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Free research papers and essays on topics related to: tragedy

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  • According To Aristotle, A Tragedy Is A Form Of Theater That Replicates A Solemn Action With The Intention Of Stirring Dread A - 1,073 words
    According to Aristotle, a tragedy is a form of theater that replicates a solemn action with the intention of stirring dread and sympathy in the viewer. Sophocles Antigone and Arthur Millers All My Sons both fit into this category. Both stories consist of a tragic hero, Creon and Joe Keller in this instance. According to Aristotles Poetics, a tragic hero is someone not all good or all bad, and whose downfall is caused by a tragic flaw or "hamartia". Later the hero comes to a realization of their flaw, which usually comes too late for them to redeem themselves. Creon and Keller are both tragic heroes that fit into Aristotles model, whose downfall is caused by greed, excessive pride and a belat ...
    Related: dread, intention, solemn, theater, tragedy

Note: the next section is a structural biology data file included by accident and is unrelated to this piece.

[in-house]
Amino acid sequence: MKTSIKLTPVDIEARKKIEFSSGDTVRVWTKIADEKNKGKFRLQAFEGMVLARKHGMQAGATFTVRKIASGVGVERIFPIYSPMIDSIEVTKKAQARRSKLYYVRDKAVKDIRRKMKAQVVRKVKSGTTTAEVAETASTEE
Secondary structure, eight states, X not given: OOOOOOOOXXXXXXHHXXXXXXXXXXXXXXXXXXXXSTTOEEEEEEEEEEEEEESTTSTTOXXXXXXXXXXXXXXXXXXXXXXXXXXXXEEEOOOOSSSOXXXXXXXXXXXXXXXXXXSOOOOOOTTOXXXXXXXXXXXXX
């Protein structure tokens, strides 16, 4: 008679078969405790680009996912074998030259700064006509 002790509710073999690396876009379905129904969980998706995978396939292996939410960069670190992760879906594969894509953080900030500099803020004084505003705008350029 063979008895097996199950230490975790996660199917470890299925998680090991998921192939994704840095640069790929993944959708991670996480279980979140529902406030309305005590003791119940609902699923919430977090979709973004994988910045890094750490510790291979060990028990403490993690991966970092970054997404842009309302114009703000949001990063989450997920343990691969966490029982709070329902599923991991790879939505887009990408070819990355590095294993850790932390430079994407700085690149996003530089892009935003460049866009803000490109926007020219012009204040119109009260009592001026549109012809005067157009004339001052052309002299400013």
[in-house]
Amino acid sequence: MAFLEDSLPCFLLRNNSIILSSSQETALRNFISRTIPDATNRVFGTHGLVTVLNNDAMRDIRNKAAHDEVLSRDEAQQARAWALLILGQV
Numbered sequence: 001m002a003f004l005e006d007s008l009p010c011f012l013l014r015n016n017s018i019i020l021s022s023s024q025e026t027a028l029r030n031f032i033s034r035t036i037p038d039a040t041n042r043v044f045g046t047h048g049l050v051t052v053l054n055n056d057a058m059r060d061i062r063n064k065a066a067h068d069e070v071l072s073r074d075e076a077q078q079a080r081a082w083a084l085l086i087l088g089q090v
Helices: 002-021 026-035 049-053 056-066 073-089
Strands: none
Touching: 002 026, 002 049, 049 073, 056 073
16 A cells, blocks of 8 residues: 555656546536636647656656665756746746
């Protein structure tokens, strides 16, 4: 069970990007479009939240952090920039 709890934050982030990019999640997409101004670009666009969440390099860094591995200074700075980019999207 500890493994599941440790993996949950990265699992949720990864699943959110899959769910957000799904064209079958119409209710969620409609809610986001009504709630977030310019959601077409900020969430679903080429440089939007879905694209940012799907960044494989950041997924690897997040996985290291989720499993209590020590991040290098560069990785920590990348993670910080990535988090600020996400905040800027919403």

• All American Tragedy - 1,351 words
    All American Tragedy Without a doubt, most Americans can distinctly draw a picture in their minds of John Wilkes Booth ... The Civil War had ended five days previously with the surrender of General Lee. President Lincoln and the first lady had decided to take a night off and see a stage play at the Ford's Theatre. An obviously enraged young actor preceded into the stage box a kills Lincoln, and then exits the theatre by jumping on to the stage and escaping through the back where a horse had been waiting. Booth tried to escape for good, but within two weeks he was killed in a violent ordeal near Bowling Green, VA. From the moment the shot rang out in that theatre, the American people knew who ...
    Related: american, american history, american people, tragedy, president lincoln
  • An American Tragedy - 1,103 words
    An American Tragedy An American Tragedy Where were you November 22, 1963? Any and every American old enough to mourn, to feel sorrow, remembers where they were and what they were doing when they received the news that President John F. Kennedy had been murdered. The event had an effect on the entire nation. Men and women, Democrats and Republicans, adults and children mourned the loss of their fallen leader. President Johnson, the Warren Commission, and every fascinated watcher-on in the world would closely scrutinize that day and the following events. The facts of the day are still hotly contested. Politicians have made their careers on the case. Conspiracy theorists have had a field day wr ...